Of rare books and bodies

Last week I headed out for my longest ever solo drive up to the Bay Area to take a class at California Rare Book School. While I had some logistical difficulties (to the tune of $600 in towing fees), the class itself was amazing. One would think a Monday through Friday, 9 to 5 rare book cataloging course would be deadly, but I was enthralled the entire time and feel like I retained so much about cataloging, but also about the history of the book. I feel like a veritable book detective now. Never fear, little lady, I can tell you if that’s an octavo or duodecimo, no problem. You just leave that to me.

Photo by Randal Brandt

Touring the Bancroft Library at Berkeley (even though we were right on the epicenter of a decent earthquake at the time) was a true highlight. The sheer size of the collection was awing; I saw too many treasures to even share (with some from perennial favorites of mine like James Joyce and William Morris) but the highlight for me was an anthropodermic book. I had seen a few at the Mutter Museum on display, but I had never gotten to handle one before. This particular one was a book of prayers from the 1600s, but it wasn’t bound in skin until the French Revolution over 100 years later. It was such an amazing little artifact with so much history and subtext, yet such a tiny little thing you probably would have never noticed on the shelf. That is one of those books whose details I’ll always remember vividly.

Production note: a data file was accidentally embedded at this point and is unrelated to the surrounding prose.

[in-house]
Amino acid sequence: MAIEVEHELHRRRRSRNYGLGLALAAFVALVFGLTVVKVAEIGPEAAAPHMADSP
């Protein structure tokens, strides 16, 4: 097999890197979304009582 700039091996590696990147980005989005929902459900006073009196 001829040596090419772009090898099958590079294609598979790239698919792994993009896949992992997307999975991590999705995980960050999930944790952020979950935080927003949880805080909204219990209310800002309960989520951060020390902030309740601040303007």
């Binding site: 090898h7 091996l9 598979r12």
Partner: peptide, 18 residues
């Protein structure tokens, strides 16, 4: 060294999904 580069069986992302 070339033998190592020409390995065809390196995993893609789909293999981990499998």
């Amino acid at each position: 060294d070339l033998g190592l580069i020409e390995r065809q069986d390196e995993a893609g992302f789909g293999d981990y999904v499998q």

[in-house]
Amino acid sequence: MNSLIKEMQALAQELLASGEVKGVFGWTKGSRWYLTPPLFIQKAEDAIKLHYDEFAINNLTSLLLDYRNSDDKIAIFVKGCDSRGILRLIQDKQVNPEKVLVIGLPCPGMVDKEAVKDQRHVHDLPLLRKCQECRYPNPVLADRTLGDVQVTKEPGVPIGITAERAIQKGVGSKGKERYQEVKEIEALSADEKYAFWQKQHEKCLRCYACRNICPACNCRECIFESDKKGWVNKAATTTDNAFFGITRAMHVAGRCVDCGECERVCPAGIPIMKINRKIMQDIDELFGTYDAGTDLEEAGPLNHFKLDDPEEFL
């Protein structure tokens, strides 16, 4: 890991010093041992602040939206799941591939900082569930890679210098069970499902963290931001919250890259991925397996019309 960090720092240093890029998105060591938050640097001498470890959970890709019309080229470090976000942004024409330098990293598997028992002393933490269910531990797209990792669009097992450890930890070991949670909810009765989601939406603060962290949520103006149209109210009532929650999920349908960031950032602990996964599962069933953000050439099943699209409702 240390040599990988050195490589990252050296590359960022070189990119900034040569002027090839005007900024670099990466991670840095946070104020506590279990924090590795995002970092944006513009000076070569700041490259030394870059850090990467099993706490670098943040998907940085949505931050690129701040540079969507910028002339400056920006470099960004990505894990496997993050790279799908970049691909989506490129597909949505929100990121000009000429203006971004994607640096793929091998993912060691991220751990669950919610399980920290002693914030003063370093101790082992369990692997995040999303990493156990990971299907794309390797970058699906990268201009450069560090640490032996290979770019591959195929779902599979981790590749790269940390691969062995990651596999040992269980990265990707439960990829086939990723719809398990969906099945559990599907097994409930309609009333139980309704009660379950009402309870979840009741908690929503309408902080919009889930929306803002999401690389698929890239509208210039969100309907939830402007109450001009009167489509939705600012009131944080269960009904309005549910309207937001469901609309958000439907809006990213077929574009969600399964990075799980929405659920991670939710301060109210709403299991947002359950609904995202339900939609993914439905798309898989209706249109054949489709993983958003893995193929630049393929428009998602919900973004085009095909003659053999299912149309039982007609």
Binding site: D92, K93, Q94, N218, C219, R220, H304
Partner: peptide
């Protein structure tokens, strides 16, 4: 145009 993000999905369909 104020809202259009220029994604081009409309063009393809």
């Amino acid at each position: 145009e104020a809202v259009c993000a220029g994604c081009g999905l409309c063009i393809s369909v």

Speaking of momento mori, I now own my very own. I bought it at The Bone Room in Berkeley, where I also gave my Ill-Gotten Brains lecture on October 20. It’s a lapel pin with some hair braided in it, obviously quiet old, and just lovely. You can take the fact that the hair is almost an exact match for my hair as super creepy or serendipity. I prefer the latter sentiment. I really loved The Bone Room, it was just so beautiful in a way that is right up my alley.

Pet at The Bone Room

Much to my surprise and delight, we ended up with a totally packed house. People were turned away even! The Q&A lasted a very long time and the crowd was very responsive. Afterwards I went out for drinks with my friend Ella and a group of great librarians, and it was just a blast. The kind folks of The Bone Room also made me a totebag emblazoned with the rad flyer that they made for the talk.

While walking through Berkeley’s beautiful campus on my way to The Bone Room, I was overcome with the realization that I really do live in pretty rarified air. Whenever I stop to think about it, I’m really amazed at the incredible experiences that I get to have and the interesting work that I get to do. It feels really great to love my job.


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